In part two of Tom and Julie’s conversation, they start to see their reality for what it is—Julie may not have long to live, but she’s still working and is afraid to spend their millions on making memories with their young kids. 

After a double lung transplant in 2020, she’s healthy—but odds are not in her favor for a long retirement. Julie admits that, if she were counseling a friend, she’d tell them to leave the career behind and focus on experiences. But even that isn’t enough to spark action… and the clock is ticking.

What would you do with millions of dollars in the bank and a short time to live? The answer seems obvious. To some, it isn’t so easy.

Read the full follow up letters from Tom and Julie

It’s fear and inertia that keep me from taking action on leaving my job and starting a new chapter of my life.

–Julie

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Transcript

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Julie:  [00:00:02] I had a double lung transplant in October of 2020. According to my calculations, I have about a 67% chance of living five years post-transplant, so another three and a half years roughly. But I’m behaving like when I thought I might live to be 90. And there’s virtually no chance I’ll live to be 90.

Tom:  [00:00:30] At some point, we’re going to be looking back saying, why didn’t we do the stuff we could do when we could do it which is now?

Ramit Sethi:  [00:00:39] There’s no virtue in living a smaller life than you have to.

Julie:  [00:00:42] And yet it does feel satisfying in some way. I can’t quite explain why.

 [Narration]

Ramit Sethi:  [00:00:48] If you knew that you had only a 67% chance of living the next five years, what would you do differently? Welcome to part 2 of my conversation with Tom and Julie. They’re both around 50 years old, and they have accumulated a $12 million net worth. But Julie still works at her day job because she likes the income, and they hesitate on spending money on things like travel and eating out.

The stakes are high, because Julie had a double lung transplant, and her likelihood of living past 10 years drops. The stakes are high for Tom and Julie because she knows the statistics of how long she will live after receiving a double lung transplant. Now we’re talking about life or death here. And we’re talking about millions of dollars.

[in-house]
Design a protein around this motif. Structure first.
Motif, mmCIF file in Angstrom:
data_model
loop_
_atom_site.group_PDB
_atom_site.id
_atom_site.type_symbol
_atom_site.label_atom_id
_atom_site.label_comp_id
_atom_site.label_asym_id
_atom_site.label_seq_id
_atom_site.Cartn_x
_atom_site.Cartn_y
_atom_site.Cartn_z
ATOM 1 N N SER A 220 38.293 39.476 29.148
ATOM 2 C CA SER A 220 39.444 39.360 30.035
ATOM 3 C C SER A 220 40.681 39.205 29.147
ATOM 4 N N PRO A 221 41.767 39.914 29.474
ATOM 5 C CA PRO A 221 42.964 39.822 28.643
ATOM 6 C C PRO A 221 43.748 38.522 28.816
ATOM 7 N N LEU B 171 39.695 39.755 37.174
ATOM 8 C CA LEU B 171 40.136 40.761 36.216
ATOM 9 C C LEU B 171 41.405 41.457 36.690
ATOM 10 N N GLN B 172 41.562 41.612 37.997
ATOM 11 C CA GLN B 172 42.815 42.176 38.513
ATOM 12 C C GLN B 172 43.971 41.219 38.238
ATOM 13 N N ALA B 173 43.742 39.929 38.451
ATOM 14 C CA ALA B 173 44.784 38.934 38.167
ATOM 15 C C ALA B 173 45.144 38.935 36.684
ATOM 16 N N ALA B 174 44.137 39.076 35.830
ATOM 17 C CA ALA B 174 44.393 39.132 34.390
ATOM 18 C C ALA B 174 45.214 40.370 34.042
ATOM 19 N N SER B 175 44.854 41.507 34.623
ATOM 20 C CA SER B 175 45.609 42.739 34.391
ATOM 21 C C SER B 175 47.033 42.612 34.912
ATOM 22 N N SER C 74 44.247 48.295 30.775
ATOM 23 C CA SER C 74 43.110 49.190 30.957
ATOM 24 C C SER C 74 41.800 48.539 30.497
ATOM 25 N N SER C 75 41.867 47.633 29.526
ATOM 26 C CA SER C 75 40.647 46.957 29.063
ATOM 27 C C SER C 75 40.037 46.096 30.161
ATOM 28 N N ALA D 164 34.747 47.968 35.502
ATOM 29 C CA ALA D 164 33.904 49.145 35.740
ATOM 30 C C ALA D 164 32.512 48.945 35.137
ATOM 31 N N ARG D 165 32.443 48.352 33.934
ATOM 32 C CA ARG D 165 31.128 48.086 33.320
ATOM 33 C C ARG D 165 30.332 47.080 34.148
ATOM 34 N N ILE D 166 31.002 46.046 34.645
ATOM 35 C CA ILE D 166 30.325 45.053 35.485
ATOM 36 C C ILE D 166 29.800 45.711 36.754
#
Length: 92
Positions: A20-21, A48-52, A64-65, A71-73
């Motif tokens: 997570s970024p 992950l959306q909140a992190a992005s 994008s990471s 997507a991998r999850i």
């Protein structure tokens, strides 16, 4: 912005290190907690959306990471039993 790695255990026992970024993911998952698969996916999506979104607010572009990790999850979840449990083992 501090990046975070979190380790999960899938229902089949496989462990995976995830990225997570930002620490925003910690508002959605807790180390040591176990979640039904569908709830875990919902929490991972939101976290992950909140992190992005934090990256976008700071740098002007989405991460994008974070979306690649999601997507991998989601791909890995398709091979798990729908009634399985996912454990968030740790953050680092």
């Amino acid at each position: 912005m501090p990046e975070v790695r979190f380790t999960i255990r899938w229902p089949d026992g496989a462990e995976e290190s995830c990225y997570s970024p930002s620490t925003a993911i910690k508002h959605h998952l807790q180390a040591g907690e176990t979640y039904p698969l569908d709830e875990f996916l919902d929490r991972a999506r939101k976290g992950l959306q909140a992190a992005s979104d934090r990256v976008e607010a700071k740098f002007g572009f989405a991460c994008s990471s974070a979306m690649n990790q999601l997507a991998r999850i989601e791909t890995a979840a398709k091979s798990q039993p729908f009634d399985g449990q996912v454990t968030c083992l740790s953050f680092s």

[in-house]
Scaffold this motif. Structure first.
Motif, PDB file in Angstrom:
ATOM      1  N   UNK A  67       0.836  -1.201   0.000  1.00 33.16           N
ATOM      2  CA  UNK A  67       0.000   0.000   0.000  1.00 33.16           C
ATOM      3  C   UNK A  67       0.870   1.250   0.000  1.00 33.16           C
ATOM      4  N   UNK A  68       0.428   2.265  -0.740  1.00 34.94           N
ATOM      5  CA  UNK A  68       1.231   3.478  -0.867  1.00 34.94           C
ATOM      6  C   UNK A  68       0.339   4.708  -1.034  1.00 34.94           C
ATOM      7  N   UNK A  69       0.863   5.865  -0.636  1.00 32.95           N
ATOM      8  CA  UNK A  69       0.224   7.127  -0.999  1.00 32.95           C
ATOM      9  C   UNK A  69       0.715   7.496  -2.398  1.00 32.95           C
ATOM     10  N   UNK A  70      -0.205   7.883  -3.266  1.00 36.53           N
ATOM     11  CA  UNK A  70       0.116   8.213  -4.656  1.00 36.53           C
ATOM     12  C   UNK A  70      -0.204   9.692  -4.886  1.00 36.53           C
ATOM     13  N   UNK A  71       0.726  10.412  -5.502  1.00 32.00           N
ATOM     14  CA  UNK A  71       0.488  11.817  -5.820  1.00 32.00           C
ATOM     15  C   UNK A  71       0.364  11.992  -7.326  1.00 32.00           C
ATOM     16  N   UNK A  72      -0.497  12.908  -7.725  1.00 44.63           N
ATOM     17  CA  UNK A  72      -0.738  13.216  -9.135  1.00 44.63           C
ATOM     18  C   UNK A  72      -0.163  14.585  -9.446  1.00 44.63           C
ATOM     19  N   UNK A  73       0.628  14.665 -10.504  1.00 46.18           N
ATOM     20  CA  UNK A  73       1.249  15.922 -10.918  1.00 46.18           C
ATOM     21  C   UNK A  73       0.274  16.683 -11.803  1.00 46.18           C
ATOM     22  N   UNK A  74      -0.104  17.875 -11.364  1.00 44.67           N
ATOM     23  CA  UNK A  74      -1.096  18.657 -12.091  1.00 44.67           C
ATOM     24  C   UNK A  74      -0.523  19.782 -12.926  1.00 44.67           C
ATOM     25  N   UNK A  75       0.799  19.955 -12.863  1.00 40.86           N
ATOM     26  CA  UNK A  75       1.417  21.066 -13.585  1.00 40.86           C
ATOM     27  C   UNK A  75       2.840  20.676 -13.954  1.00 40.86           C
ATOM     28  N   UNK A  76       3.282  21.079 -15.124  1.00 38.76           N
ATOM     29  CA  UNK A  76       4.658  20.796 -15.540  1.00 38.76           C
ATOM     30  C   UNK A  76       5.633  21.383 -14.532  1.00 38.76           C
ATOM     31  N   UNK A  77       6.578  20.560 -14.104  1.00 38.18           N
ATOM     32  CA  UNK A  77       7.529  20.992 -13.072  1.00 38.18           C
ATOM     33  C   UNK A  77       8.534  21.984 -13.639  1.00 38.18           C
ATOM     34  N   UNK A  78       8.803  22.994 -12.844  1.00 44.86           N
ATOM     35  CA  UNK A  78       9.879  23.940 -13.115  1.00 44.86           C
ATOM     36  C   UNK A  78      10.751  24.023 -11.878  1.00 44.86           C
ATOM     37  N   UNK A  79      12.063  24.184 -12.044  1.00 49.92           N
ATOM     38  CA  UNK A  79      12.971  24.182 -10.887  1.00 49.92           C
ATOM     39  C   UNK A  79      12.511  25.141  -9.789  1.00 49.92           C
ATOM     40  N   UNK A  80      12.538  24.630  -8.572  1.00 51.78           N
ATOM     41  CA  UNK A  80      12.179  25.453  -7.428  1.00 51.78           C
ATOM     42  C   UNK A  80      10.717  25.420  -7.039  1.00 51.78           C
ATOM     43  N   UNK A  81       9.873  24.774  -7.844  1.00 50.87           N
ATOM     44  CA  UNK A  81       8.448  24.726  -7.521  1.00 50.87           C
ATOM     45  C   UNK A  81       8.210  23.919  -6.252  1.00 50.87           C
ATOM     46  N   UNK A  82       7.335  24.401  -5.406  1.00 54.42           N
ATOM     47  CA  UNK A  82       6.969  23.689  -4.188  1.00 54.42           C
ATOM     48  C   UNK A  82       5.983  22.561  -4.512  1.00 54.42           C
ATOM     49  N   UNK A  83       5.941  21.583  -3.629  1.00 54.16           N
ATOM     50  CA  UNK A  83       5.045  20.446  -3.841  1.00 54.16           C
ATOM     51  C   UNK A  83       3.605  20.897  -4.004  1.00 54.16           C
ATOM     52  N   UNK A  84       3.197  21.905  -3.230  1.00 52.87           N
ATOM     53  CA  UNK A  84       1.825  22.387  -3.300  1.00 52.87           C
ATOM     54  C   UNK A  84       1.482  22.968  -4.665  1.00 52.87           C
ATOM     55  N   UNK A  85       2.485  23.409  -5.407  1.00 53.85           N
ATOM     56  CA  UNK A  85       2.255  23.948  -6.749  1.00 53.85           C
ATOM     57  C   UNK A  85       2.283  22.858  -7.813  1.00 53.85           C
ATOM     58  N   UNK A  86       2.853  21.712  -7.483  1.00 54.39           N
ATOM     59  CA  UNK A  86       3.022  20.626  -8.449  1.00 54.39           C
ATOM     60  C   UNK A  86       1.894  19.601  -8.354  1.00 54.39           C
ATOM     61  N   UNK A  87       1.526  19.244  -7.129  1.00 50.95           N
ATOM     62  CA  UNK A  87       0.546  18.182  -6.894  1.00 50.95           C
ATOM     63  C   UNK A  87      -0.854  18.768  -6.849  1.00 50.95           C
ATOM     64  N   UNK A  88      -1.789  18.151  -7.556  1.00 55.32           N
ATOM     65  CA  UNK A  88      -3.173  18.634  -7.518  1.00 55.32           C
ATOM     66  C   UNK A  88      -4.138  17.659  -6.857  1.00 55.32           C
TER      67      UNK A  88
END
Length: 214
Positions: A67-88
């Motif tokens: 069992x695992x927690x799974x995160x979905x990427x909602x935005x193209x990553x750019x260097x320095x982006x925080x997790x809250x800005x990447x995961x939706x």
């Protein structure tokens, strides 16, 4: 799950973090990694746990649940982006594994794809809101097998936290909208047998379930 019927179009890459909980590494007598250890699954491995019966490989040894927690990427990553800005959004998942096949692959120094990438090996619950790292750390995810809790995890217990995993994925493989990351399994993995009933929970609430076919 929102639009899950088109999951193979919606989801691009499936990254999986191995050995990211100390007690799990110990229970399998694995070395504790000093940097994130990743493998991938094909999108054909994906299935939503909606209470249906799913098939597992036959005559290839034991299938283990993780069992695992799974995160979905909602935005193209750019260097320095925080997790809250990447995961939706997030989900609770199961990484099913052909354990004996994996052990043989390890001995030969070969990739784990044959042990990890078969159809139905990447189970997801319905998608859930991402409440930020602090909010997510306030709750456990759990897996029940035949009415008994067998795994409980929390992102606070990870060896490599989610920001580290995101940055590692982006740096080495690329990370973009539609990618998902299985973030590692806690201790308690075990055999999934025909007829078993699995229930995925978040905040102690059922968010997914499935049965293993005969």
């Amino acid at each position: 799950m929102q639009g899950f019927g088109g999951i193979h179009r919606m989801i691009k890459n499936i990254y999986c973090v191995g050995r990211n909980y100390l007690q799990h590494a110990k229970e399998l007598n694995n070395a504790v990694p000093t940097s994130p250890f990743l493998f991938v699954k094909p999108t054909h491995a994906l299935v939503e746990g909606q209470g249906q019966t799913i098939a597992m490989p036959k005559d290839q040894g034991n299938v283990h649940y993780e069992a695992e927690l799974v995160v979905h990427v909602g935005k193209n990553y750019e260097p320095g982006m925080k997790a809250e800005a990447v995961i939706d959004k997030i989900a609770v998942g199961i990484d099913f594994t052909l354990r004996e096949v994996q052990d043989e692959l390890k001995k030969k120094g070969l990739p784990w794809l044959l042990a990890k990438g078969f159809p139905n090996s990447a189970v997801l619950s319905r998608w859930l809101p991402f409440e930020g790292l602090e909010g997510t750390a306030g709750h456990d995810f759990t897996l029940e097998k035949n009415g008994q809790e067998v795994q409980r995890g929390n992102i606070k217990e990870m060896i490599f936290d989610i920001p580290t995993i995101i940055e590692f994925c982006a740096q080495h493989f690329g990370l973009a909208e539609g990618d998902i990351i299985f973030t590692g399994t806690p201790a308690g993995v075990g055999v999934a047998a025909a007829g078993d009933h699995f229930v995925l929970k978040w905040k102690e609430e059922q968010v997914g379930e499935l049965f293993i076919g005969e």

Julie herself has said that she wants to create experiences for their two young daughters. So why are they finding it so hard to make changes? As you listen to today’s episode, please know that there are two follow-up letters from Tom and Julie, which you can get at iwt.com/episode61. But first, let’s get into today’s episode. I’m Ramit Sethi, and this is I Will Teach You To Be Rich.

[Interview]

Ramit Sethi:  [00:02:13] I have this concept of money dials, the thing that you love to spend money on. Have you ever articulated what your money dial is?

Julie:  [00:02:23] For me, it’s travel. When I was in my master’s program, that’s where I would splurge and really try to have some good experiences. Now that I have kids, it’s where I imagined splurging. And with COVID, I’m not comfortable flying because of my being immunocompromised and so on. But I do feel like there’s things I would like to do, like, if my kids are in distance learning and I’m working remotely, going to Arizona for a month in the winter and just getting out of this terrible Northern Midwestern climate for a while and just experiencing a different part of the country and being able to eat outside in restaurants.

Ramit Sethi:  [00:03:24] What do you think your beliefs about wealth have cost you?

Julie:  [00:03:29] I have reflected a lot on that over this recent time frame here the last probably 18 months. And I would say they have cost me or us, our family, a lot of experiences. ’20 was a big year for us. That was, of course, when COVID hit and everybody was impacted by that. But it’s also when my lung function went way down and I had to have a lung transplant. So I feel like prior to that, I wished that Tom and I had really taken advantage of the opportunity to take our kids on trips to go to some less developed countries together. Or if Tom didn’t want to go I should have found a friend to go on those trips with. That is what I think I have missed out on.

I don’t think anything I could have bought with the money is– any material things will be anything that I will miss. I don’t feel like I would have had a better life if I had had a nicer car or better shoes or I think it’s experiences. What do I want my girls to remember? Because I feel like– just all those losses of my parents makes me just think about what I remember from them.